I am trying to grasp the basics of rigorous quantum field theory. Let me summise how the setup of non-interacting quantum field theories look like to me.

Let $\mathcal{H}$ be a Hilbert space in which the state of a single particle of some type resides. For a particle moving in $\mathbb{R}^d$ with some spin $k$ this will be $\mathcal{H} = \operatorname{L}^2(\mathbb{R}^d) \otimes \mathbb{C}^{2k+1}$. Then to build a theory of arbitrarily many indistinguishable particles of that type we pass over to either the fermionic (antisymmetric) or bosonic (symmetric) Fock space. To simplify notation, let us assume that we the particles in question are bosons so we get the symmetric Fock space $\operatorname{Sym}(\mathcal{H})$ which is a quotient of the tensor algebra $\bigoplus_{n \in \mathbb{N}} \mathcal{H}^{\otimes n}$.

Now in single particle quantum mechanics a state is a unit vector $\psi \in \mathcal{H}$, an observable is a self-adjoint unbounded operator $T$ on $\mathcal{H}$ and the expecation value of $T$ in the state $\psi$ is given by the number $\langle T \psi, \psi \rangle \in \mathbb{R}$.

In the many particle case this should be the same: a state is an element of $\operatorname{Sym}(\mathcal{H})$ and observables are self-adjoint unbounded operators on the Hilbert space $\operatorname{Sym}(\mathcal{H})$. For example if $\psi$ is some single particle state, the element $\frac{1}{\sqrt{2}}\psi \otimes \psi \in \operatorname{Sym}(\mathcal{H})$ will be the two-particle state corresponding to two particles being in the state $\psi$. So far so good.

But now in quantum field theory one does not focus on unit vectors and self-adjoint operators, but rather on operator-valued distributions on $\operatorname{Sym}(\mathcal{H})$. A quantum field $\Phi$ then returns for every suitable test function $f$ on $\mathbb{R}^d$ an operator $\Phi(f)$ on $\operatorname{Sym}(\mathcal{H})$. In general this operator need not be self-adjoint if one has a “charged field”.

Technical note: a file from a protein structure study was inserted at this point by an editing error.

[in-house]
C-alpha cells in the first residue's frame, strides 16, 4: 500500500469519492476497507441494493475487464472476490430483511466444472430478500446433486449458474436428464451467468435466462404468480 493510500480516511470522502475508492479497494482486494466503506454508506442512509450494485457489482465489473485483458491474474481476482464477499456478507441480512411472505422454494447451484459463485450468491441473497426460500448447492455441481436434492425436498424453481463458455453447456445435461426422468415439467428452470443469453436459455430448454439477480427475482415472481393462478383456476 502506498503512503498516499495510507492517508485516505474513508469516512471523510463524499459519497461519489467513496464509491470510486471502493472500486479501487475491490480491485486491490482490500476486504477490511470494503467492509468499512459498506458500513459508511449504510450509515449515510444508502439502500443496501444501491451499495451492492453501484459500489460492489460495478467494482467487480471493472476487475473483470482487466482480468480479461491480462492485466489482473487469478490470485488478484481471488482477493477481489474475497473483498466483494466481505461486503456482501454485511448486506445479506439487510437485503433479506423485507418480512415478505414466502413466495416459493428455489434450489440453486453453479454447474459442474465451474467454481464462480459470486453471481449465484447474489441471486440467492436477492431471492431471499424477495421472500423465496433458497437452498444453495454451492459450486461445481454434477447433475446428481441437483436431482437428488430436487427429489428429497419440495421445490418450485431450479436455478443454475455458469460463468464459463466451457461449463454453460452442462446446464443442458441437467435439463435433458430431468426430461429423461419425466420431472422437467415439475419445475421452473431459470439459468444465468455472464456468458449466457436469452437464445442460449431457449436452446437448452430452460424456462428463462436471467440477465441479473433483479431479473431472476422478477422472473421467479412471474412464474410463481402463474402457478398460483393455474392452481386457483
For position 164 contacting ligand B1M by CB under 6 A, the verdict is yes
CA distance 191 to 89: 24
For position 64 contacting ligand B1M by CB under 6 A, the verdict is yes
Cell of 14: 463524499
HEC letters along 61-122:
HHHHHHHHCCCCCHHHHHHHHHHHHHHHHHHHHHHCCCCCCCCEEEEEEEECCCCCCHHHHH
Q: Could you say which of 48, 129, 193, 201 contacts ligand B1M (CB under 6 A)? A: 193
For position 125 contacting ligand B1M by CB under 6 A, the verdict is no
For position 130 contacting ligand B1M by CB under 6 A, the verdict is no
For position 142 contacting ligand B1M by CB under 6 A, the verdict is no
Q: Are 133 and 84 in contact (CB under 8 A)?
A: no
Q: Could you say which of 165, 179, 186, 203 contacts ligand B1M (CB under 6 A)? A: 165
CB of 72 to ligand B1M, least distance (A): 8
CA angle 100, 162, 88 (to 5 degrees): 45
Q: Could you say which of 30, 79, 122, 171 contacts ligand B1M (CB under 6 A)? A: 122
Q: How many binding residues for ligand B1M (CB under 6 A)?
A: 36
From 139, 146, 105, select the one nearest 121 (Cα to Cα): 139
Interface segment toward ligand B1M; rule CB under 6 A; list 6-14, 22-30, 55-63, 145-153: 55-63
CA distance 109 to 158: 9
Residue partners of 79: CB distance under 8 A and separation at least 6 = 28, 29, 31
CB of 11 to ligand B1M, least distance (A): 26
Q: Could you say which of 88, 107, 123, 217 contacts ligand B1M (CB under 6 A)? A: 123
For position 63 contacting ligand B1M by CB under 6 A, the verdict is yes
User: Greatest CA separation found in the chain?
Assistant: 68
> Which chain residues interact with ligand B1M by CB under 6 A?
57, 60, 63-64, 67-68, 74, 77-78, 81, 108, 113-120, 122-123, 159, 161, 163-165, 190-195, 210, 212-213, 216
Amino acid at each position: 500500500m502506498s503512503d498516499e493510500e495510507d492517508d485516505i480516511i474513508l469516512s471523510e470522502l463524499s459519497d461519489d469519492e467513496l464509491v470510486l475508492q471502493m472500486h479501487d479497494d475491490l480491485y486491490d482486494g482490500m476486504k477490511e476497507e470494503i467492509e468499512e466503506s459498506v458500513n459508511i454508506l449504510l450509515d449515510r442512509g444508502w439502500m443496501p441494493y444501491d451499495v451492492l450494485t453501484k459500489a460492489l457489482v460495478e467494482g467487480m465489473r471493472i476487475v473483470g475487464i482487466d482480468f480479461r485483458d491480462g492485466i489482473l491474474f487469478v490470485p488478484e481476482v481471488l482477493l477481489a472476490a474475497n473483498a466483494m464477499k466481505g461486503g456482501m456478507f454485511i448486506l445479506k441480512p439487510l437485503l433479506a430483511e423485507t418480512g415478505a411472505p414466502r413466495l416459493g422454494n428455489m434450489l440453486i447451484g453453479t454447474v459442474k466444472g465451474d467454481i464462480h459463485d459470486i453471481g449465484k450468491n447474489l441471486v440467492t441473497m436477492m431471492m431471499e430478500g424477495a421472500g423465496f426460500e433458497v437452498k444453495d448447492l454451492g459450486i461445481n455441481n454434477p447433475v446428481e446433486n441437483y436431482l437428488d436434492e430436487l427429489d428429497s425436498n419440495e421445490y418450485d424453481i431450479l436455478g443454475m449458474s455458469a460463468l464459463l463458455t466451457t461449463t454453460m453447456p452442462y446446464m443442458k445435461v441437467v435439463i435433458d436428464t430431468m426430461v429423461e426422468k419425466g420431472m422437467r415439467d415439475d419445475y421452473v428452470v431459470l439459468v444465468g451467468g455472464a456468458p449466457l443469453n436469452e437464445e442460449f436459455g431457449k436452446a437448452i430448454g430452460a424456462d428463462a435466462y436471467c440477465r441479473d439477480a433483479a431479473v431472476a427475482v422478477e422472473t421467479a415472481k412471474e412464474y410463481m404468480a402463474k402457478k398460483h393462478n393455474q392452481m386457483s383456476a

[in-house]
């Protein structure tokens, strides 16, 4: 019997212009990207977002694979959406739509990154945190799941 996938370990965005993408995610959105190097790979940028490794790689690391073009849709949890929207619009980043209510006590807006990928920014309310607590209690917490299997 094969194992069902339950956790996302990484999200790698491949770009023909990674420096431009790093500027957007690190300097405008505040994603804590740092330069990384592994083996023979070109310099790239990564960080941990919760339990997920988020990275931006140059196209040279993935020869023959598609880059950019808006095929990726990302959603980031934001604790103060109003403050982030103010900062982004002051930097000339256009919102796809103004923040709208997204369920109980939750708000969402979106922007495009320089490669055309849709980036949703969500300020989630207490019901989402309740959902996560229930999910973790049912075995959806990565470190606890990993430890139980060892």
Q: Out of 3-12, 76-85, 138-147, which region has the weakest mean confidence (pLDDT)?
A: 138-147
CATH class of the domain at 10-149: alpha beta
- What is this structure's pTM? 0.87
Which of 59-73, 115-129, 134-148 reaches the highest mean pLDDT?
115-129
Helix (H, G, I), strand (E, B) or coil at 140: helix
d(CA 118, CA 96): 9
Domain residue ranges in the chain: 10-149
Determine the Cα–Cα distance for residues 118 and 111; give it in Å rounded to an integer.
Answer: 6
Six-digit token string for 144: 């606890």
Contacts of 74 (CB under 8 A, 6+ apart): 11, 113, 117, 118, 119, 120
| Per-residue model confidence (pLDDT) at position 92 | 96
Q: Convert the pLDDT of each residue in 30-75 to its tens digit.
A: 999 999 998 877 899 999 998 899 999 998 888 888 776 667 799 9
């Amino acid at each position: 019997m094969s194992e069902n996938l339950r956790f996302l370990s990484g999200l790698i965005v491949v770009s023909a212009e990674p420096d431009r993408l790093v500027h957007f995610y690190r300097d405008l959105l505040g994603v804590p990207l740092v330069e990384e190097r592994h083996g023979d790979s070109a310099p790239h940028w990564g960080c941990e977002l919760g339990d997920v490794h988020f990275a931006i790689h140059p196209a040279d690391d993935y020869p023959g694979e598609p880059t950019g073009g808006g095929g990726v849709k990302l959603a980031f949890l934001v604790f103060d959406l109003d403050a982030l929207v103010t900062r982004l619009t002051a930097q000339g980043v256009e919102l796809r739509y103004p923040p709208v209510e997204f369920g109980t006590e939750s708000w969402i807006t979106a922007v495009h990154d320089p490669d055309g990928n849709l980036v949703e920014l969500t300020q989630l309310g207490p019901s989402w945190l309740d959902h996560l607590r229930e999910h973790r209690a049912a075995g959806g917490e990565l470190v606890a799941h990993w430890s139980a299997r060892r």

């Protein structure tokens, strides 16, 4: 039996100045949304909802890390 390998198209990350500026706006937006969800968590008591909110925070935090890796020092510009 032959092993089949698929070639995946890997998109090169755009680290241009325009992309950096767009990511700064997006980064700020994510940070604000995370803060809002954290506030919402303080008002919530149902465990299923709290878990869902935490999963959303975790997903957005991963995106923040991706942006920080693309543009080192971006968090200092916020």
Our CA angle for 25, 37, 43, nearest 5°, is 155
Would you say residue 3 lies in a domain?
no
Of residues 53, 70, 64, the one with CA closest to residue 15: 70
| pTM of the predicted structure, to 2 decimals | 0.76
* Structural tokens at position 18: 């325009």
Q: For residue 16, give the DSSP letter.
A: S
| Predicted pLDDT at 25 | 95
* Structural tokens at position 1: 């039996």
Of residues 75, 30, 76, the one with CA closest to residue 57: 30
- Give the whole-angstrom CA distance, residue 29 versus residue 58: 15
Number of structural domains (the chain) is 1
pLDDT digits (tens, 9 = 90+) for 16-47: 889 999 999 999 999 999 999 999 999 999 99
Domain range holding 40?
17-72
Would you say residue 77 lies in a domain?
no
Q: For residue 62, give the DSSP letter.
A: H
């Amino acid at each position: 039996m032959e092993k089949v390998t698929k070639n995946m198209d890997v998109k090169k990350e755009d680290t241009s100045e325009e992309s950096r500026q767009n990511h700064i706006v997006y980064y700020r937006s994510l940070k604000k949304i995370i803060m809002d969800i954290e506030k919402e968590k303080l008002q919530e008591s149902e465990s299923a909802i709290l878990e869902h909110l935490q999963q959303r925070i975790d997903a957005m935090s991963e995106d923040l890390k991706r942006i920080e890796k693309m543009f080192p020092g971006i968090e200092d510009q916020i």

Now to my question: Why are quantum fields now suddenly these complicated operator-valued distributions and not just states on $\operatorname{Sym}(\mathcal{H})$? Since states on $\operatorname{Sym}(\mathcal{H})$ still make sense and correspond to so-and-so many particles being in specific states, how do these connect to the quantum field $\Phi$? In particular given a state $\psi \in \operatorname{Sym}(\mathcal{H})$ one can form the quantity $\phi(f)\psi$. How should one interpret this new state?

Since most of the times $\Phi$ seems to be built out of creation and annihilation operators on the Fock space, $\phi(f)$ creates and destroys particles inside of $\operatorname{supp}(f) \subseteq \mathbb{R}^d$. What is the meaning in passing from the particles $\psi$ to the particles $\phi(f)\psi$? I guess the question lurking behind this vague uncomfortableness of the deviation of quantum field theory from the standard quantum mechanics axioms is the question why it does not suffice to just build $\operatorname{Sym}(\mathcal{H})$, its operator algebra and the states on that operator algebra. Why operator valued distributions?